There’s an odd myth that surrounds raw onions, suggesting that they’re able to absorb bacteria from the air around them – essentially sucking bacteria in and helping to clear the air, keeping everyone around healthier. While the idea sounds absurd, it gets shared and reshared a shocking number of times.
There are related ideas out there too, including claims that eating raw onions with salt cures COVID-19.
Not surprisingly, such ideas are nonsense. There are no known mechanisms for onions absorbing microbes or toxins. The idea probably goes all the way back to the 19th century, when onions were used for folk medicine.
Are Raw Onions That Much Better Than Cooked Ones?
Raw onions are generally safe and offer plenty of benefits. So, how do they compare to cooked ones?
The biggest difference is in the sulfur-based compounds. The concentration of these is much higher in raw onions than in cooked ones. This effect could make raw onions much healthier, making them better at decreasing cancer risk and controlling your blood sugar levels.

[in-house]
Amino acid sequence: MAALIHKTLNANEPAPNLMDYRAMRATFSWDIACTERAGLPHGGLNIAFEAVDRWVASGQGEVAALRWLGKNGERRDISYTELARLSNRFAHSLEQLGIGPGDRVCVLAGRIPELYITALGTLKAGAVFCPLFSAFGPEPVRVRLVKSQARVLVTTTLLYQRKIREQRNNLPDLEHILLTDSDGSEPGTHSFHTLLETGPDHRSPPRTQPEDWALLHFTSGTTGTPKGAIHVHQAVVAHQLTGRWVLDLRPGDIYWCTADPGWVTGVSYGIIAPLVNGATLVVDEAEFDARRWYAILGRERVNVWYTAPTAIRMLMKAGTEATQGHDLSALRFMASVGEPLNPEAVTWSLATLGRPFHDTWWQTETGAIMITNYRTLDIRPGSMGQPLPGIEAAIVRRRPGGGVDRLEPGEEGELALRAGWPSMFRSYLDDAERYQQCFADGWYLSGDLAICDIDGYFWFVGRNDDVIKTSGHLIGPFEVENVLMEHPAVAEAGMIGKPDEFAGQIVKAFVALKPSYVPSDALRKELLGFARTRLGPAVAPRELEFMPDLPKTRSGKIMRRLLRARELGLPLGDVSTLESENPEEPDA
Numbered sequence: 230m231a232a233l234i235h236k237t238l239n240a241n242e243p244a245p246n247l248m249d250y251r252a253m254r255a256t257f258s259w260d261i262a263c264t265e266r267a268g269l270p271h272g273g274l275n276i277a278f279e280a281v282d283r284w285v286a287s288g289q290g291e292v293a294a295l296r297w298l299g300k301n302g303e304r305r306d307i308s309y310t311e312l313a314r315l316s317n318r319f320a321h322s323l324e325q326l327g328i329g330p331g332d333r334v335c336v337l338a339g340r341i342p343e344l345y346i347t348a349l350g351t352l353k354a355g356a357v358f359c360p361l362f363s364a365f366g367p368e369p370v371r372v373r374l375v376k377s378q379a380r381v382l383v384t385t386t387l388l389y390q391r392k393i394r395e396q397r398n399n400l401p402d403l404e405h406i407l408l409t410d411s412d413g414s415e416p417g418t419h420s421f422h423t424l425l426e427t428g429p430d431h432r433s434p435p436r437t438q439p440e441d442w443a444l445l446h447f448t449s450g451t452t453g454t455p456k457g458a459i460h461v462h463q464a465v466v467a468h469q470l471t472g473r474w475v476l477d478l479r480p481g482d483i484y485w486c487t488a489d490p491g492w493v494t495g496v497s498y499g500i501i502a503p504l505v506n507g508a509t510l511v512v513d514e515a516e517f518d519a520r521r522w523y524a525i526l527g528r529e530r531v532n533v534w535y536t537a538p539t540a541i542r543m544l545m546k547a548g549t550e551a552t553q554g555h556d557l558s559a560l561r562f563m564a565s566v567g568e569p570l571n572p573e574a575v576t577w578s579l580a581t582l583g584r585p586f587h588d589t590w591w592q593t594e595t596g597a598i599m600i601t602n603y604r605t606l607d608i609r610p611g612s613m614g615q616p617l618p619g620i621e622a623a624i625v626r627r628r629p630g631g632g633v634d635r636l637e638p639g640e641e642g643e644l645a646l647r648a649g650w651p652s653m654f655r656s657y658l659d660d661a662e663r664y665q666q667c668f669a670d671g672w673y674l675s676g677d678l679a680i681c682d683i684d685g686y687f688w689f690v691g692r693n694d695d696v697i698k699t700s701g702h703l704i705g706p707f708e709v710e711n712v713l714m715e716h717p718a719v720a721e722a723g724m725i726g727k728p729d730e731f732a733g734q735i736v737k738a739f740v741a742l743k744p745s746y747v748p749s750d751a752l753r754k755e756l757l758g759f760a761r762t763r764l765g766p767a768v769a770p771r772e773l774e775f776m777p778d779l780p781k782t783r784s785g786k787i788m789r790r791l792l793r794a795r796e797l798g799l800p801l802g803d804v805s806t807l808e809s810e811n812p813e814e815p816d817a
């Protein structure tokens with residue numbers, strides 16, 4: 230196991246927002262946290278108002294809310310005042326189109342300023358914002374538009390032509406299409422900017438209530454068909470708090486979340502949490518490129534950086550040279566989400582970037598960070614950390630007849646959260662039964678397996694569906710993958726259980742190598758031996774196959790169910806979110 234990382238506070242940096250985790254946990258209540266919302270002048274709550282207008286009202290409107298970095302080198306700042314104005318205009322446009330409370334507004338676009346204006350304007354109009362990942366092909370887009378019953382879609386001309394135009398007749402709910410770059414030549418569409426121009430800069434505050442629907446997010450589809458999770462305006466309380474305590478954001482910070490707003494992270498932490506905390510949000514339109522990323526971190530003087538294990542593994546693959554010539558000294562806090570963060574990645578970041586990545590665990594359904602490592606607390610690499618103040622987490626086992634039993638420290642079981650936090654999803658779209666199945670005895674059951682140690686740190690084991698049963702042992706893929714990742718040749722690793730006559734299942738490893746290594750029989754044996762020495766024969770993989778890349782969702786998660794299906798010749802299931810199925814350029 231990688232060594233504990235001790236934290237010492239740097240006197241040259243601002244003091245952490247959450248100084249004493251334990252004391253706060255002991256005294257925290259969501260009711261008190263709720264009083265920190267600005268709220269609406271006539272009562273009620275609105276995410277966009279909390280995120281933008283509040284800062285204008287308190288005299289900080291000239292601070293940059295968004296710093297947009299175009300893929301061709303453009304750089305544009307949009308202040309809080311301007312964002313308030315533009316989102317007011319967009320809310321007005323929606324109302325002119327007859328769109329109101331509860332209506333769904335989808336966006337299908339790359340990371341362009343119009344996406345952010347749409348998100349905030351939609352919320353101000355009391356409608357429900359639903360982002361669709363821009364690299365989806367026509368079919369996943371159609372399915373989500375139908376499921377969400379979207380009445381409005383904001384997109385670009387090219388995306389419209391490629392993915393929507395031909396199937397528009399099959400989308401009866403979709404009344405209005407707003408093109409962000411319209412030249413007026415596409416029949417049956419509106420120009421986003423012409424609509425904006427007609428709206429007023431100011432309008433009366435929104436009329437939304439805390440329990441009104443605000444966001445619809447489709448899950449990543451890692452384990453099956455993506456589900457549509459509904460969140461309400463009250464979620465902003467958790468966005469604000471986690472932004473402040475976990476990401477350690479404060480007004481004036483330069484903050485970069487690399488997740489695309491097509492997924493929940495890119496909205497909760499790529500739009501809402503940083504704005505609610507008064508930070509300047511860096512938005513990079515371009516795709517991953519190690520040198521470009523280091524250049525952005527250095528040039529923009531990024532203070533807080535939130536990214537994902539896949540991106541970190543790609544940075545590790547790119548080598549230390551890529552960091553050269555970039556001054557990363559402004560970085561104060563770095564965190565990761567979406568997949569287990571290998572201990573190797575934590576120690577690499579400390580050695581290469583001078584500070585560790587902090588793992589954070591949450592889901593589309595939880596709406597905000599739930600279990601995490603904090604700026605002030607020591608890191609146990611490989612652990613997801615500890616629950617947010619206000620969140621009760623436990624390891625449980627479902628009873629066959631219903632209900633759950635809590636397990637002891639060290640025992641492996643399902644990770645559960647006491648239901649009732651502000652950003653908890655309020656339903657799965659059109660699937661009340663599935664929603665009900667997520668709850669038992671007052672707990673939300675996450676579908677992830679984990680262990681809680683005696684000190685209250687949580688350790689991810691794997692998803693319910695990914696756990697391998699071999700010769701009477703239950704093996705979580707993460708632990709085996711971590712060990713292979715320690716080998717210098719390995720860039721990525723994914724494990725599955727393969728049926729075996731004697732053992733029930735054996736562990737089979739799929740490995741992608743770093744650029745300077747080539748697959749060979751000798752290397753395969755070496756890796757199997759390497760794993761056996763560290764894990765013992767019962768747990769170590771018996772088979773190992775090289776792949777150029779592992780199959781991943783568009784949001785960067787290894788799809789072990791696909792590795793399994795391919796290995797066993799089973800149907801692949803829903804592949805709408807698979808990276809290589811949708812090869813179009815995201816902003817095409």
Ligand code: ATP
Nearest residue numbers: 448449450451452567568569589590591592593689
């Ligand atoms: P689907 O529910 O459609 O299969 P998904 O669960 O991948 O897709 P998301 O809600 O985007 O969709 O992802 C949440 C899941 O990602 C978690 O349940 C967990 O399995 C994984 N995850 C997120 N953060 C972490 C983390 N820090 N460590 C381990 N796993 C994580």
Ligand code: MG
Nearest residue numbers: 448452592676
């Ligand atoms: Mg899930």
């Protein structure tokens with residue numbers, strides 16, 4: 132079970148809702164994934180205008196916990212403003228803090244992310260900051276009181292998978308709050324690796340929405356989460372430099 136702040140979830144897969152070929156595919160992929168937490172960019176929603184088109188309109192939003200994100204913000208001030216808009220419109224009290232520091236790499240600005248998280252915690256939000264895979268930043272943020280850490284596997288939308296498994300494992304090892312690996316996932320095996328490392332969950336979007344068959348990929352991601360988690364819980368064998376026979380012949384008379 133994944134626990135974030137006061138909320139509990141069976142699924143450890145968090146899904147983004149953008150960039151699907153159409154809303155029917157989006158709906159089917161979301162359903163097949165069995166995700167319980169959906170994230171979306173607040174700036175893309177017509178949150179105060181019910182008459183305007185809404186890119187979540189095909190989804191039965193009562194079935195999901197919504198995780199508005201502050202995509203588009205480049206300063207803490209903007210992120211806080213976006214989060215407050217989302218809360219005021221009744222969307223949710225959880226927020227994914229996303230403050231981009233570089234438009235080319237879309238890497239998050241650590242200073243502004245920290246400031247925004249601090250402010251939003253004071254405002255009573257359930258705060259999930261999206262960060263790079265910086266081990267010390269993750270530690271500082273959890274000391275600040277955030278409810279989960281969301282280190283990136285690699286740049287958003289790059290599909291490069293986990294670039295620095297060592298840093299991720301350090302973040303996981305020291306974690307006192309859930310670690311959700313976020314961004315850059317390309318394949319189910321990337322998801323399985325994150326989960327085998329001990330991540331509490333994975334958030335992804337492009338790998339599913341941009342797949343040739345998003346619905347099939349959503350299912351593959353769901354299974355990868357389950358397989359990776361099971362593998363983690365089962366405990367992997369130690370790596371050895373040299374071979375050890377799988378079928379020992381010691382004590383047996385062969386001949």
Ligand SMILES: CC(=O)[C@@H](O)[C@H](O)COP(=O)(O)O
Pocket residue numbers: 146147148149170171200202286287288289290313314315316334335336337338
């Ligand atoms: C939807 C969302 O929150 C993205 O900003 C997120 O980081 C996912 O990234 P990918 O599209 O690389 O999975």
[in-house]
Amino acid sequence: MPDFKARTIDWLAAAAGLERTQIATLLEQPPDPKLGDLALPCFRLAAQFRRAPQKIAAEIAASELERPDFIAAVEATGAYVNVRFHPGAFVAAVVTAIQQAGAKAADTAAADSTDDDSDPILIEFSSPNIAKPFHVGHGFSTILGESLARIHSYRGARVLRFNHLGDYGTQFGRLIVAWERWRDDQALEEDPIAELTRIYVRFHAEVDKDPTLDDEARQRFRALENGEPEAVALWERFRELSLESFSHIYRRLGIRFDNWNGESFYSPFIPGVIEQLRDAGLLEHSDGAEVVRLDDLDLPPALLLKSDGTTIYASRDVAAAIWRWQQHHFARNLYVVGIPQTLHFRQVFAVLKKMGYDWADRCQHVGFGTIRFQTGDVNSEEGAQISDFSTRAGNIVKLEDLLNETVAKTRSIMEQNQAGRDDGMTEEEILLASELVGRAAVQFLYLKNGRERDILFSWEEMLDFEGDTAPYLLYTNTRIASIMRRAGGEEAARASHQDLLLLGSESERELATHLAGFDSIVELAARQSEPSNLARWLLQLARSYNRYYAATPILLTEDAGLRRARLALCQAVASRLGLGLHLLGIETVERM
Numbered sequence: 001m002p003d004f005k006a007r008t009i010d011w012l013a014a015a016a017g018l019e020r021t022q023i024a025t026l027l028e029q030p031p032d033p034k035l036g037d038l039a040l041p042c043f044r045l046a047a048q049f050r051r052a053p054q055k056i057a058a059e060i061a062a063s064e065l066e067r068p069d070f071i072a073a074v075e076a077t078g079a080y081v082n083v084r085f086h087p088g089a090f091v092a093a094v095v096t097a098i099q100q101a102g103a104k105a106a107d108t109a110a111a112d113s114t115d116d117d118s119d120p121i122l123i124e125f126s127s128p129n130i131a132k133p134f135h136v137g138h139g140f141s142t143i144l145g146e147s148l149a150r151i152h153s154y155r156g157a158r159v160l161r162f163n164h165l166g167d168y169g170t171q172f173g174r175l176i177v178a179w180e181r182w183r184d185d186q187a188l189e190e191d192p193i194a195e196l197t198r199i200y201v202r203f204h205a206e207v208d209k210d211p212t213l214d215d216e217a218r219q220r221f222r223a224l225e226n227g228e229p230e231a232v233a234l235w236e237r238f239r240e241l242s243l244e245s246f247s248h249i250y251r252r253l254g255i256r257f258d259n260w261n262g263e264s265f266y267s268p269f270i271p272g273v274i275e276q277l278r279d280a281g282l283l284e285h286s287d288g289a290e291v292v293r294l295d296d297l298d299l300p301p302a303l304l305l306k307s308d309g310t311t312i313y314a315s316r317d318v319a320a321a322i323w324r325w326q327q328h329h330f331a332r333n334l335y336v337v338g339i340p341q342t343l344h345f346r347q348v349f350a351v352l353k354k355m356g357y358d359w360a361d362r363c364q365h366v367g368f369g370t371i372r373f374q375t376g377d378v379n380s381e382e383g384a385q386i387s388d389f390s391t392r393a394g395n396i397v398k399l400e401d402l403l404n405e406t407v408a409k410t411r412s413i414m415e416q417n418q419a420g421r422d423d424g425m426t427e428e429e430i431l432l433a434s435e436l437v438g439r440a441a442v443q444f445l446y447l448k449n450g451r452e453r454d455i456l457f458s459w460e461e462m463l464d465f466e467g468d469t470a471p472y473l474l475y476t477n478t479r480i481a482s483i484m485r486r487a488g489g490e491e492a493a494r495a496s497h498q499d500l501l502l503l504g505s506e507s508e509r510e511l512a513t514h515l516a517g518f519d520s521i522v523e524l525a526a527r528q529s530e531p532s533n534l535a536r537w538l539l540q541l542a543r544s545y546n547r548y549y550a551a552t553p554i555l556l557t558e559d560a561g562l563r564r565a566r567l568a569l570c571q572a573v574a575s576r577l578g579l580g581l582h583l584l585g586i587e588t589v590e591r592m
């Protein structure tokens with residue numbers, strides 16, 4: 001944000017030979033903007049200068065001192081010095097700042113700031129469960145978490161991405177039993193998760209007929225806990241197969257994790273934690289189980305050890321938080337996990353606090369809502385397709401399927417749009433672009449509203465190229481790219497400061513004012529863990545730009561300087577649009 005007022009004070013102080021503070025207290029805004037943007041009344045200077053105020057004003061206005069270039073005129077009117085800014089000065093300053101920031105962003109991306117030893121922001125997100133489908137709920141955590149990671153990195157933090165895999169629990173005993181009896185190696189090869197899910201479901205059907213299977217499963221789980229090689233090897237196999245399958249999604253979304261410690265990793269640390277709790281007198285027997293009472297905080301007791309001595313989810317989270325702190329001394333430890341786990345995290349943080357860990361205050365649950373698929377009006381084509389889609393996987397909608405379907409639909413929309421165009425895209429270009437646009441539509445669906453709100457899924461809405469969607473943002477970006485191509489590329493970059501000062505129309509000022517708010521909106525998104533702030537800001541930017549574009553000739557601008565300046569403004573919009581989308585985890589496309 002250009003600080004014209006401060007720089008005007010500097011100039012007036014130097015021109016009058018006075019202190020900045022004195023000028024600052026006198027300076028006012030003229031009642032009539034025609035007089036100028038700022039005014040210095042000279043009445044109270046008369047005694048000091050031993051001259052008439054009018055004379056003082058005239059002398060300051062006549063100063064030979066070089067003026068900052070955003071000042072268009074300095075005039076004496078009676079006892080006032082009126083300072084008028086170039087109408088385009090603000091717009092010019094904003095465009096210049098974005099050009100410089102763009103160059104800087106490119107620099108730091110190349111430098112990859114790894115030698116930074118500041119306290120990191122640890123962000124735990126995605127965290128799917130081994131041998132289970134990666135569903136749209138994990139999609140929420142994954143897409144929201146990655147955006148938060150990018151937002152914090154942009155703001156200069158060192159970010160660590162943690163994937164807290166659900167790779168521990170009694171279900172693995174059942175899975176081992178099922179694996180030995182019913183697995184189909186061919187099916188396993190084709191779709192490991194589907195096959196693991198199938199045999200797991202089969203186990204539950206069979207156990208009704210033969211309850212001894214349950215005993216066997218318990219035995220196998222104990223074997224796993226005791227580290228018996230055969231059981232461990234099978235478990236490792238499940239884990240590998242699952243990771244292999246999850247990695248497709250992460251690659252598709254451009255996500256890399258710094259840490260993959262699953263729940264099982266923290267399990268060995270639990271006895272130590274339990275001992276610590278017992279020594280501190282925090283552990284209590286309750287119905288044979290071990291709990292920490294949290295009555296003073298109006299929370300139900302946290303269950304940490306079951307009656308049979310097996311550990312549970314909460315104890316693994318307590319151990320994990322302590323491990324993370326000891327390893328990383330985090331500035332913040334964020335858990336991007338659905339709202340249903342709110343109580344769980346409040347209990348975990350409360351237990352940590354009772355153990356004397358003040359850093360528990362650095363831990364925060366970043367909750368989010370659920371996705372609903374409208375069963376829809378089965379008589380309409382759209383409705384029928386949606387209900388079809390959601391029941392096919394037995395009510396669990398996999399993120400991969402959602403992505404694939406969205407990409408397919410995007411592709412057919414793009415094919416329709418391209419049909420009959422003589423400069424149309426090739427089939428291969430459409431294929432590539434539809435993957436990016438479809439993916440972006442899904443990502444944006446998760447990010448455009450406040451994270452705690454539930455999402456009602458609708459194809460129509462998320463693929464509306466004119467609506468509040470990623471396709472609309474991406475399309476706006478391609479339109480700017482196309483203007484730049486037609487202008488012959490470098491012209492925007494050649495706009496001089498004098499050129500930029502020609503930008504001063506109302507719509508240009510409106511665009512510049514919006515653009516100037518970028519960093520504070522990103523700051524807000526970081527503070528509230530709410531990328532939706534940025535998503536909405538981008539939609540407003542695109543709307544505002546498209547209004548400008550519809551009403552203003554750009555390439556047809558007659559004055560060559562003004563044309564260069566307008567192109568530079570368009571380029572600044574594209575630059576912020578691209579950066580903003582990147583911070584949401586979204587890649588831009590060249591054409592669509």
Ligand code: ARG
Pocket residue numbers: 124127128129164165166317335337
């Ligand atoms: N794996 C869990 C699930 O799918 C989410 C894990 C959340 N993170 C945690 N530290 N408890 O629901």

However, the sulfur-based compounds are a double-edged sword, as they’re also responsible for some of the side effects from raw onion, including body odor. Raw onions are also more difficult to digest than cooked ones and may lead to more side effects. As such, they’re not a great choice for everyone.
In the end, whether raw or cooked onions are best depends on the individual. If you tolerate raw onions well and enjoy the taste, then they could be a great addition to your diet. If you get side effects instead, it may be better to skip them.
It’s always important to use your body as a guide like this, as we’ll all different and don’t respond to foods in the same way. Sometimes an ingredient that is great for your health is harmful for someone else and vice versa.